Shower Soap Dish
How To Install A Tile Soap Dish
A shower soap dish is a welcome addition to any shower. It is so convenient to have a place to set a bar of soap when showering that it is almost a need rather than a want to have a tile soap dish installed on the wall or corner in the shower.
This article teaches you how to install a tile soap dish on a flat wall or in the corner of an existing tile shower.
brief how to
In this article, you will find information about:
Pick the soap dish location on the tub or shower wall
Remove the wall tile where the shelf will go
Repair the wall as necessary, install backer board
Apply tile adhesive to the wall backer board
Install the soap dish
Install Tile On The Bare Areas Around The Ceramic Soap Dish
Caulk the soap dish joints
tools and materials
- Tile shower soap dish
- Hammer drill or regular drill with a 1/4" masonry bit
- Putty knife
- Masonry chisel, small
- Thinset mortar or tile mastic
- Small Level
- Masking tape
step 1 Pick The Soap Dish Location On The Tub Or Shower Wall
There are three factors that you should consider when picking the best place in your shower to install your soap dish.
- Height Above The Shower Floor: If the shower is a shower/tub combo you will want to put the soap dish lower on the wall, usually 8 to 12 inches above the tub deck. You will want to put the soap dish on top of the second row if you have 4 inch tile and on top of the first row if you have 12 inch tiles. If it is a dedicated shower you will want to put the soap dish higher on the wall at 48 to 60 inches. This makes it easy to reach when standing.
- Proximity To The Shower Head: The amount of water spraying on the soap dish greatly affects the sogginess of your soap bar. Try to keep the soap dish out of the direct spray pattern of the shower head.
- Height of Tile Courses Above The Shower Floor: It is easiest to install a soap dish directly on top of a course of tiles. Pick the top of a course that is closest to your desired height as the location of your shower soap dish.
step 2 Remove The Wall Tile Where The Shelf Will Go
Removing the tiles to make room for the new soap dish.
- Grout: Use a nail or other small sharp small tool like a grout remover to remove the grout from around the tile(s) that you will be removing, this relieves pressure on the surrounding tiles as you drill into the tile.
- Drill Tile: Use the 1/4" drill bit and a drill to drill holes across the face of the tile in an X pattern from corner to corner. Do not drill through the backer board behind the tile. Use a piece of masking tape to wrap around the drill bit 1/4" from the end. Stop drilling when you get to the tape.
- Chisel the Tile: Use the hammer and chisel to chip out the tile. Be careful to not break the backer board or drywall behind the tile. We will describe how to fix the backer board if you do damage it. Remove all the tile pieces and the mastic that was used to set the tile.
step 3 Repair the Wall As Necessary, Install Backer Board
If the shower wall behind the tile is drywall then you most likely damaged it when chipping out the tile. This damage can be repaired by installing a wood backing and screwing or gluing a new piece of cement backer board to the wood backers. This image shows a drywall repair but the same process can be used to install backer board and then install the tile over the repaired area.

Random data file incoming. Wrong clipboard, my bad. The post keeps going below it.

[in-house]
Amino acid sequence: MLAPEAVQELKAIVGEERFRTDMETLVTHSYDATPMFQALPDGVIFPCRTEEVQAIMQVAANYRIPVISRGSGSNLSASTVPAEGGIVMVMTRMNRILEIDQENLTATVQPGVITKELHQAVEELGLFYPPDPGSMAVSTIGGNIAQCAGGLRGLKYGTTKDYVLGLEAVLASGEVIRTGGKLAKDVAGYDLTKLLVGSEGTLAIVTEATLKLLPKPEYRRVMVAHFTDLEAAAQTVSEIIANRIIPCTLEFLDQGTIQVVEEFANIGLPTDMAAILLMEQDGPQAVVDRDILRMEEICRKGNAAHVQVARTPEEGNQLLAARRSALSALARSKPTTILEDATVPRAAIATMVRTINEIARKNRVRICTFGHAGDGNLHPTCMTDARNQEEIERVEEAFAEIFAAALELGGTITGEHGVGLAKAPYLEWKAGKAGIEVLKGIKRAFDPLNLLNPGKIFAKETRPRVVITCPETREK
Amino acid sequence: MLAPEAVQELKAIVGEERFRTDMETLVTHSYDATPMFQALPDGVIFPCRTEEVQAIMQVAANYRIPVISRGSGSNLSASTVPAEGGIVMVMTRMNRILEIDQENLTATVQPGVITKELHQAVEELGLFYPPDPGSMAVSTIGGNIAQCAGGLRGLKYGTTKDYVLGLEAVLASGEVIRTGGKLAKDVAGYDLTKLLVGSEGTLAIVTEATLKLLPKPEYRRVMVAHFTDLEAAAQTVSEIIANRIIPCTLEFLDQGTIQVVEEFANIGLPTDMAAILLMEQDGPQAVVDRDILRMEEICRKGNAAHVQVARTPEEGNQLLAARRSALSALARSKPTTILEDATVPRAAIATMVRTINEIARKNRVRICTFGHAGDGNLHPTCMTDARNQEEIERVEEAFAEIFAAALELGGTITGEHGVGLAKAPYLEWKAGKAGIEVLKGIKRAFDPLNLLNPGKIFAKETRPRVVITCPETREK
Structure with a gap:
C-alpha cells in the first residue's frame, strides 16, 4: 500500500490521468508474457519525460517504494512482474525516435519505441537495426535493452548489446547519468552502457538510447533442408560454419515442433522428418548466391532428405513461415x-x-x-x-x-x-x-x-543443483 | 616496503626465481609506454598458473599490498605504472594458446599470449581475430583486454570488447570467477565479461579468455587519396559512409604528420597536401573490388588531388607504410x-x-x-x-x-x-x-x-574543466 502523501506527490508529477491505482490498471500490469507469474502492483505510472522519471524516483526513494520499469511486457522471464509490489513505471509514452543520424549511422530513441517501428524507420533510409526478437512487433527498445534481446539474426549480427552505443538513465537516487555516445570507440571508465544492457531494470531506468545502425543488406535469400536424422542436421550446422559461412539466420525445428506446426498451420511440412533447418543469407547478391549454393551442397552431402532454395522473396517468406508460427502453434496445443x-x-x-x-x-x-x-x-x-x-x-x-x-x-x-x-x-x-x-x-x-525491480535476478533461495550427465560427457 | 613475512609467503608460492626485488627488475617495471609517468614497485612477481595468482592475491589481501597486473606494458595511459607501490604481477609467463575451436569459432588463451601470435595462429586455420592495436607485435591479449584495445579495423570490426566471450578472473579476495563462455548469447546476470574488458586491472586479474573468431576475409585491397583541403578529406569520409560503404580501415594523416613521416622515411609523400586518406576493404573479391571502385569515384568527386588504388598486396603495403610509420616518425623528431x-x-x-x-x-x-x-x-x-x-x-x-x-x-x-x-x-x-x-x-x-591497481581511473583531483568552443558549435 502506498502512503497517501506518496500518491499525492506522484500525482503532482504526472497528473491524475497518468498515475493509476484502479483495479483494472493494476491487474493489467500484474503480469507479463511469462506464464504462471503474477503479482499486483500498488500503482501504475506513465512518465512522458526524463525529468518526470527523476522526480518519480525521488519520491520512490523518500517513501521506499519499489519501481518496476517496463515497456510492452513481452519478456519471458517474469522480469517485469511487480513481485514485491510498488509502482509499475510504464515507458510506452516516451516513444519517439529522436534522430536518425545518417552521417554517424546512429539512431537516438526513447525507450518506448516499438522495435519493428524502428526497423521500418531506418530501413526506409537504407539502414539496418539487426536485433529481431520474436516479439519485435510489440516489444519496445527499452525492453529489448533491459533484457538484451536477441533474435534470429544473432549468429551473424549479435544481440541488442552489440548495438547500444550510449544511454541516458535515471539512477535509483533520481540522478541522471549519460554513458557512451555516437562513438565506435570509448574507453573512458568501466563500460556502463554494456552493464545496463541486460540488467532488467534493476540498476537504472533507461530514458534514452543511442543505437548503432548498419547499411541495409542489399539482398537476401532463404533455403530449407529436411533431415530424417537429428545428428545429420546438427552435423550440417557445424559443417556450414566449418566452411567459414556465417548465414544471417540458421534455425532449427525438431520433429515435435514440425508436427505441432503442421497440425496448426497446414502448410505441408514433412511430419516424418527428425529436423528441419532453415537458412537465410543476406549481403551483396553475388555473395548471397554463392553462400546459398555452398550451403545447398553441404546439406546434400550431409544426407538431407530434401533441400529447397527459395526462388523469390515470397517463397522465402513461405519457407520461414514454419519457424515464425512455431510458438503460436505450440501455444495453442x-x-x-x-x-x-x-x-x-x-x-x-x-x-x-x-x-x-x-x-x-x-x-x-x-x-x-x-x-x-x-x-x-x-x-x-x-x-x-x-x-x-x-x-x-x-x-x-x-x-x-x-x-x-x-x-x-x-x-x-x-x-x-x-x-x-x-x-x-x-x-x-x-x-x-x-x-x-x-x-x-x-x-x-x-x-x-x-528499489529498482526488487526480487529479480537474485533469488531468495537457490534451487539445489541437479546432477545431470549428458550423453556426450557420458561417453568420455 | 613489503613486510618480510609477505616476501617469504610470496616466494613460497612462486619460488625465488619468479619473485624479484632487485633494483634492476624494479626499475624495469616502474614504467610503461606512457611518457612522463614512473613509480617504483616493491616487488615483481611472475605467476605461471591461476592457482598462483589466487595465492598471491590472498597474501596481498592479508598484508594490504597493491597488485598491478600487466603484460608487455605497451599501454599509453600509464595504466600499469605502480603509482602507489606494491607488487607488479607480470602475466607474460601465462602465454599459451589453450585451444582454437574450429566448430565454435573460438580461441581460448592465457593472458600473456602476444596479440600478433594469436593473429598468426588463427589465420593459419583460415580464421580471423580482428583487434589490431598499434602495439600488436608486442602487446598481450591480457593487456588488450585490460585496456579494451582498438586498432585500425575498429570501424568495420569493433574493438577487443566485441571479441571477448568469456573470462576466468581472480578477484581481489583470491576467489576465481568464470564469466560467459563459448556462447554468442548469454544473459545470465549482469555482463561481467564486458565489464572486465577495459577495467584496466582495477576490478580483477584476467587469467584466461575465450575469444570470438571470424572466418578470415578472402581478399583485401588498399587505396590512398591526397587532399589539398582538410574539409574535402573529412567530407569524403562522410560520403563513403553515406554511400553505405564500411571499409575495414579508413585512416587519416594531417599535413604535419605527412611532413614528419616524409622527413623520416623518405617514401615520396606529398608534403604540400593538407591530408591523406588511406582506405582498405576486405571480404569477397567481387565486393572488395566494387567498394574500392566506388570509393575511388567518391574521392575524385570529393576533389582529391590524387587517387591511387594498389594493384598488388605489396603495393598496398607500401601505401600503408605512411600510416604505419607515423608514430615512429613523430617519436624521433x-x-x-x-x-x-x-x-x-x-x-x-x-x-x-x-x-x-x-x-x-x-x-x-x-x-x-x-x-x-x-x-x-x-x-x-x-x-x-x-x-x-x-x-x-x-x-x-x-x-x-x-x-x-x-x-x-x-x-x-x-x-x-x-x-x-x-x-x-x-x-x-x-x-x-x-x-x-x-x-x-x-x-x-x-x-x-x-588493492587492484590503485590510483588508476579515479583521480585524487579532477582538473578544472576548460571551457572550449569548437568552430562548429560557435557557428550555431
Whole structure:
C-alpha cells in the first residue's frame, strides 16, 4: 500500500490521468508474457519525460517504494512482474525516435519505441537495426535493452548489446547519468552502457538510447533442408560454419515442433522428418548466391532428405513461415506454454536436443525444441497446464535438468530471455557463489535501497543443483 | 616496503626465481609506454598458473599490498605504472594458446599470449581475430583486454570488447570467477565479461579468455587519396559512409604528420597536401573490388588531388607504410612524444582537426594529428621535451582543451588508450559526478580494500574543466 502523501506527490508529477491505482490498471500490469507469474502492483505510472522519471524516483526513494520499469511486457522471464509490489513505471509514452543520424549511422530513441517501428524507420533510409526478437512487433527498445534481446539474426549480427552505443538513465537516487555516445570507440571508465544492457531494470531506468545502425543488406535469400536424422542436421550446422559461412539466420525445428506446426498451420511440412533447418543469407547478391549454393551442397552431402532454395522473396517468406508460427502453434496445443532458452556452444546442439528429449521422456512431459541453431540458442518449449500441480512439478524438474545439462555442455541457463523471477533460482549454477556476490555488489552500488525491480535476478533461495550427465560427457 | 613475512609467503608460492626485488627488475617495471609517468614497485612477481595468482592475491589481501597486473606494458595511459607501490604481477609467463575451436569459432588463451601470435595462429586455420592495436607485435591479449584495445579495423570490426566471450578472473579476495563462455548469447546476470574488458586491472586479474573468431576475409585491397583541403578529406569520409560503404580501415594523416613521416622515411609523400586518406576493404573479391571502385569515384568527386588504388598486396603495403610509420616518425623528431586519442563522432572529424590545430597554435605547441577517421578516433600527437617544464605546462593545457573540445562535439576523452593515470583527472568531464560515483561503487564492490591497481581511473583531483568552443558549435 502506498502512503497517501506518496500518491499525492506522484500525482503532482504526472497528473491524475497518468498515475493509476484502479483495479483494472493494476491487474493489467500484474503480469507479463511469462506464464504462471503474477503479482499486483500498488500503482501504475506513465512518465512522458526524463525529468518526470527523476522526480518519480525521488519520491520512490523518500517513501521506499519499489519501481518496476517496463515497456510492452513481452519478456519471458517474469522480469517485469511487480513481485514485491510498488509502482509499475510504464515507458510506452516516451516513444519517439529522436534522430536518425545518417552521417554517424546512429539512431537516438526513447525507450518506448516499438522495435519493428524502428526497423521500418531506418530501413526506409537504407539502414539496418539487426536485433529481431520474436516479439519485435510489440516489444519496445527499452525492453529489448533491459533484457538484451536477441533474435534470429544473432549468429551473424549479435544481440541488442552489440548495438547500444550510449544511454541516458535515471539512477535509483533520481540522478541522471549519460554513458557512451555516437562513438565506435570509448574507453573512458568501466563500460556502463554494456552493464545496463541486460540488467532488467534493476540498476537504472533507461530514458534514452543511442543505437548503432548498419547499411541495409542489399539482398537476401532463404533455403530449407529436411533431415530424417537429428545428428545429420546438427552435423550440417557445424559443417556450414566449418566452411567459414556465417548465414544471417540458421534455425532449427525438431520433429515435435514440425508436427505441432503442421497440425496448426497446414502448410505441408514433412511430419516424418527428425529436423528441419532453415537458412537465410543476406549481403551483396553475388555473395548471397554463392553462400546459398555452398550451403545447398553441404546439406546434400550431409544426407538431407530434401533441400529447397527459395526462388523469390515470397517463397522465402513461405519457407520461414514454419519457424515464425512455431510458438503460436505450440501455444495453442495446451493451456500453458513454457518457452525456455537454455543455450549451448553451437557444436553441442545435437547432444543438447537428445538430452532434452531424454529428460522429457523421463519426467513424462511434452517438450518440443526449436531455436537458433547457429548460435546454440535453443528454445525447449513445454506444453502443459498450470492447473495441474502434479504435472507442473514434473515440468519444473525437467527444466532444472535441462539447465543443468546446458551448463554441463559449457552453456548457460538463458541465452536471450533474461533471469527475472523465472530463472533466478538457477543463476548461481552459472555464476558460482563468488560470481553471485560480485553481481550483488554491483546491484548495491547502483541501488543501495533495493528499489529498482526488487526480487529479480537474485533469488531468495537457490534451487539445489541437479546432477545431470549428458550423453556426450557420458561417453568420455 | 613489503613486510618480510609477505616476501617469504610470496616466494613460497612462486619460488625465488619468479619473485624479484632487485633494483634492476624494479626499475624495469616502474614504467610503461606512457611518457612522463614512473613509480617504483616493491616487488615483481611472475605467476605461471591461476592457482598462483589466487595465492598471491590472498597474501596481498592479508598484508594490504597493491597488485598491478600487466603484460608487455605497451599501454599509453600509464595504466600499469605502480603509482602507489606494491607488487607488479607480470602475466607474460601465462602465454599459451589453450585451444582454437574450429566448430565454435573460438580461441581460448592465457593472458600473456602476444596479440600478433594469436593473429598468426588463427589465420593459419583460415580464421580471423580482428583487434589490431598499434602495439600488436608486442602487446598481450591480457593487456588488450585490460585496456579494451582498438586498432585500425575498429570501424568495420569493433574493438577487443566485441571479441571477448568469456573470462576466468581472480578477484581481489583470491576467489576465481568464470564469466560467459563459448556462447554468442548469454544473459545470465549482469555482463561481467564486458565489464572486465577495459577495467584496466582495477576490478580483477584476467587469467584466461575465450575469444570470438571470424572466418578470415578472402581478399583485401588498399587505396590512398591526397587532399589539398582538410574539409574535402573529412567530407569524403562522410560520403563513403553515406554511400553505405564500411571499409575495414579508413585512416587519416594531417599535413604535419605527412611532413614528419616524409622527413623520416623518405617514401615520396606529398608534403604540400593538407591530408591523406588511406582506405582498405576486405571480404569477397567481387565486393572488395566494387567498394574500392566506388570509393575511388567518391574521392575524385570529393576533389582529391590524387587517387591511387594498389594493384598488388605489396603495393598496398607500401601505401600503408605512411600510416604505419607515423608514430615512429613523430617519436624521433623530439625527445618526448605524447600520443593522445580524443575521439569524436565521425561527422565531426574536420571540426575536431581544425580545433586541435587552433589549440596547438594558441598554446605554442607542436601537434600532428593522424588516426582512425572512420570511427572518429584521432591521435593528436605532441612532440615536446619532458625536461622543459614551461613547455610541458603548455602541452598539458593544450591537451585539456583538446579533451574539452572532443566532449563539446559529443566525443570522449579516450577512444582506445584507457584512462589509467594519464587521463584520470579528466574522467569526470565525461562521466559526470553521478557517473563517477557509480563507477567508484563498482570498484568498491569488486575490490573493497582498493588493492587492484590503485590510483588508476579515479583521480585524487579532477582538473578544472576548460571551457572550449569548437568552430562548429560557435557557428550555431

- Glue: Use construction adhesive if screws will not work because the area you need to screw through is behind a tile.
step 4 Install The Soap Dish
Adhesives: There are several adhesives that can be used to attach the ceramic soap dish to the backer board. Mix up the adhesive and use a putty knife to spread it on the wall and on all the points that will touch the wall. Only use enough so that it slightly squeezes out when you press the soap dish into its new home.
- Thinset mixed with a laytex modifier
- Epoxy like the Gorilla brand epoxy
- Bondo body filler
Level The Soap Dish: use a small level to make sure the soap dish has a slight slope off the front side. You want it steep enough to drain water but not so steep that the slipery soap slides off the soap dish. Most soap dishes come with a pre-slope built in.
Tape The Soap Dish To The Wall: After installing the soap dish you will need to hold it in place for a day or more until the adhesive dries. Use masking tape to tape the ceramic soap dish to the wall. Sometimes when taping a tile piece in place it is inadvertantly moved so be careful that the soap dish still has the proper slope and that the grout joints are correct before leaving it alone.
step 5 Install Tile On The Bare Areas Around The Ceramic Soap Dish
There is almost always a bare spot around the new soap dish that will need to be repaired. If you need more information than give here you should read the article How To Set Wall Tile.
- Measure and cut a tile to fit in the hole
- Use thinset to set the tile
- Use tile spaces to keep the properly spaced grout joints, wedge spacers work best.
- Tape the tile to the wall until the thinset dries
step 6 Caulk / Grout The Soap Dish Joints
You will need both caulk and grout to finish installing the soap dish. You should grout first and then come back the next day and install the caulking as described below.
Grout: Use grout on the tile joints where you installed the new tile around the ceramic soap dish. Do not install grout in the 90 degree or angled tile joints.
Caulk: Use caulk on all the 90 degree tile joints. Tile grout manufactures make caulk colors to match all their grout colors. You will need to caulk the angled joints around the soap dish. Grout easily cracks in 90 degree corners because the two surfaces move differently and grout is very rigid. Caulk can flex with the soap dish and the wall so be sure to use caulk around the soap dish.
Let the adhesives, grout and caulking dry for a few days and then use your new soap dish.
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